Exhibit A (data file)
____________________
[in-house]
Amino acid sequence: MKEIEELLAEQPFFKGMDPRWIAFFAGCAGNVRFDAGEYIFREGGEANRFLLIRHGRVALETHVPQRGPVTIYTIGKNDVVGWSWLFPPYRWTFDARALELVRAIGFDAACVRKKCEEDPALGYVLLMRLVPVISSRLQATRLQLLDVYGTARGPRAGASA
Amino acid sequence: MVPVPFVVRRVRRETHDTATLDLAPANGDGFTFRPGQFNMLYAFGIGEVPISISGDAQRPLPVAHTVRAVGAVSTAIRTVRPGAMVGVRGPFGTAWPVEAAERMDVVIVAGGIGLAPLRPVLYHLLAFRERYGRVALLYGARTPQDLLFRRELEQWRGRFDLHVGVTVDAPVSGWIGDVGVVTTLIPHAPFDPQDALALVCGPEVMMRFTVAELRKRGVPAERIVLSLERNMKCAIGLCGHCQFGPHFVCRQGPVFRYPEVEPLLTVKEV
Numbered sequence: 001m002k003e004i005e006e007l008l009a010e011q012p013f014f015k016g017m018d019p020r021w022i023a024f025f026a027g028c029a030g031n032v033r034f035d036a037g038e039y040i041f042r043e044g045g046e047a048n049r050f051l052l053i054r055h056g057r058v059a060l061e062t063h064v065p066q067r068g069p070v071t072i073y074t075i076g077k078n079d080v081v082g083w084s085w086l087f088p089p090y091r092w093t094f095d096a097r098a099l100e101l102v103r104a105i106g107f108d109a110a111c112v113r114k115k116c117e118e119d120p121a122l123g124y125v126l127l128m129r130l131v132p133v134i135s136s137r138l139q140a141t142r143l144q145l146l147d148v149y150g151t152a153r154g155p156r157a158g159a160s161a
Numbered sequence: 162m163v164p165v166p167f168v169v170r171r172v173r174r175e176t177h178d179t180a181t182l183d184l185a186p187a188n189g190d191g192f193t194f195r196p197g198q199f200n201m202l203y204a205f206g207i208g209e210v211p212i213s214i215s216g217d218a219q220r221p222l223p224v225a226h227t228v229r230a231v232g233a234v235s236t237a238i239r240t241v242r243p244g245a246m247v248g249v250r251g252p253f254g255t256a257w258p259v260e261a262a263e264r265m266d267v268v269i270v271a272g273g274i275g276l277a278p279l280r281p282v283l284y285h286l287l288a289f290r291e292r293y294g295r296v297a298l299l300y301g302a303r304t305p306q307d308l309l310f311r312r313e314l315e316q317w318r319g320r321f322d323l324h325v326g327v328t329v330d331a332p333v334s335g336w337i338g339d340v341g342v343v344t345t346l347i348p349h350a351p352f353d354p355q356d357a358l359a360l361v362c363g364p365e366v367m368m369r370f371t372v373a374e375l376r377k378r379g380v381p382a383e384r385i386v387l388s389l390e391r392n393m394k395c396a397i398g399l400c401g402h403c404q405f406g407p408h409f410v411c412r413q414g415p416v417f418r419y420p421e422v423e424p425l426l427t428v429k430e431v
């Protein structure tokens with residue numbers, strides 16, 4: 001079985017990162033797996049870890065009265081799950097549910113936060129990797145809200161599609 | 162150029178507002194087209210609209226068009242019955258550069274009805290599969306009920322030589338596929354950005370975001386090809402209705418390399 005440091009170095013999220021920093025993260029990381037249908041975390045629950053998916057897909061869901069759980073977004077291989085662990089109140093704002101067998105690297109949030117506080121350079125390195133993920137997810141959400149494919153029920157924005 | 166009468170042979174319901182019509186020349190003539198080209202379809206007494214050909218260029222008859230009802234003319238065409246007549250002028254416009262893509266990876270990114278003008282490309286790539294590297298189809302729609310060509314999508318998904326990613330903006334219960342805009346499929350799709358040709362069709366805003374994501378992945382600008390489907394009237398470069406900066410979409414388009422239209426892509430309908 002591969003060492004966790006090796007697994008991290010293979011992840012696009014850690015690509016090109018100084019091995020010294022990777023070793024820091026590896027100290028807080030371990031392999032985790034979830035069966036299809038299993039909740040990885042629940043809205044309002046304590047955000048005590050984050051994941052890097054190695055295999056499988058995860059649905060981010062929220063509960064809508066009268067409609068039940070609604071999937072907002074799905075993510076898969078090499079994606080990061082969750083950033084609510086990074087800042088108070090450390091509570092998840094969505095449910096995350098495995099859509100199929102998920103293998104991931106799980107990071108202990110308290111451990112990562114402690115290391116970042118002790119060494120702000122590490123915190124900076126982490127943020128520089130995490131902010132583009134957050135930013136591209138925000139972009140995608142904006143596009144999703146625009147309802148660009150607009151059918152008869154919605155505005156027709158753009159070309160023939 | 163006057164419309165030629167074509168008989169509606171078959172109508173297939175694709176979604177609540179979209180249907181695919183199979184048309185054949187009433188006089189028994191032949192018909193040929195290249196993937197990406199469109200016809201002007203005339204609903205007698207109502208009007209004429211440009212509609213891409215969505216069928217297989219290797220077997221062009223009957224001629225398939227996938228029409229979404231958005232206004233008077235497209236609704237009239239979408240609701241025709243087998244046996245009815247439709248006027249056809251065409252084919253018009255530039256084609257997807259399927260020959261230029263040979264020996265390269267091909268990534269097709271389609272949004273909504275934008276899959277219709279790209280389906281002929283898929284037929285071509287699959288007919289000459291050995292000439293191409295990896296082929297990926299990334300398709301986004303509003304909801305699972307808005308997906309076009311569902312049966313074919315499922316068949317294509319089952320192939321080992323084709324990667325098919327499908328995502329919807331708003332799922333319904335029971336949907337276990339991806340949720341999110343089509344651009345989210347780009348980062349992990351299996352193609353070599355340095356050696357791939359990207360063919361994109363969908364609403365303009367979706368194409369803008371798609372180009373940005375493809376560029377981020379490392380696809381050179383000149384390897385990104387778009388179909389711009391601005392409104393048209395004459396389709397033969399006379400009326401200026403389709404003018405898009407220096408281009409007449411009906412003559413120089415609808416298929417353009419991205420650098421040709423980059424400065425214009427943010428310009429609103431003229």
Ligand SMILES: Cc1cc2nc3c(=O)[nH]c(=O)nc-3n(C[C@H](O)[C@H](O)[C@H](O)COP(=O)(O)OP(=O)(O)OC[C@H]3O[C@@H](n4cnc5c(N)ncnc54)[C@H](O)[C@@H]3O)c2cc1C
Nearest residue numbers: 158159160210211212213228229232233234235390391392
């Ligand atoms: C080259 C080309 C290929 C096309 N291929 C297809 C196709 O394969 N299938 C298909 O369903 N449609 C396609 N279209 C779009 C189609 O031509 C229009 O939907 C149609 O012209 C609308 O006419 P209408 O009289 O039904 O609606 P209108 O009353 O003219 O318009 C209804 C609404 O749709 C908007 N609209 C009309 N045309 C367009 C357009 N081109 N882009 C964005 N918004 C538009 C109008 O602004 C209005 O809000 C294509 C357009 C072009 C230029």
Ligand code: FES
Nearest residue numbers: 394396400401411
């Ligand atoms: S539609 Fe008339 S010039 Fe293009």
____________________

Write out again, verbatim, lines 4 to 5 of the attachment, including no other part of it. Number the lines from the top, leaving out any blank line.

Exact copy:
Numbered sequence: 001m002k003e004i005e006e007l008l009a010e011q012p013f014f015k016g017m018d019p020r021w022i023a024f025f026a027g028c029a030g031n032v033r034f035d036a037g038e039y040i041f042r043e044g045g046e047a048n049r050f051l052l053i054r055h056g057r058v059a060l061e062t063h064v065p066q067r068g069p070v071t072i073y074t075i076g077k078n079d080v081v082g083w084s085w086l087f088p089p090y091r092w093t094f095d096a097r098a099l100e101l102v103r104a105i106g107f108d109a110a111c112v113r114k115k116c117e118e119d120p121a122l123g124y125v126l127l128m129r130l131v132p133v134i135s136s137r138l139q140a141t142r143l144q145l146l147d148v149y150g151t152a153r154g155p156r157a158g159a160s161a
Numbered sequence: 162m163v164p165v166p167f168v169v170r171r172v173r174r175e176t177h178d179t180a181t182l183d184l185a186p187a188n189g190d191g192f193t194f195r196p197g198q199f200n201m202l203y204a205f206g207i208g209e210v211p212i213s214i215s216g217d218a219q220r221p222l223p224v225a226h227t228v229r230a231v232g233a234v235s236t237a238i239r240t241v242r243p244g245a246m247v248g249v250r251g252p253f254g255t256a257w258p259v260e261a262a263e264r265m266d267v268v269i270v271a272g273g274i275g276l277a278p279l280r281p282v283l284y285h286l287l288a289f290r291e292r293y294g295r296v297a298l299l300y301g302a303r304t305p306q307d308l309l310f311r312r313e314l315e316q317w318r319g320r321f322d323l324h325v326g327v328t329v330d331a332p333v334s335g336w337i338g339d340v341g342v343v344t345t346l347i348p349h350a351p352f353d354p355q356d357a358l359a360l361v362c363g364p365e366v367m368m369r370f371t372v373a374e375l376r377k378r379g380v381p382a383e384r385i386v387l388s389l390e391r392n393m394k395c396a397i398g399l400c401g402h403c404q405f406g407p408h409f410v411c412r413q414g415p416v417f418r419y420p421e422v423e424p425l426l427t428v429k430e431v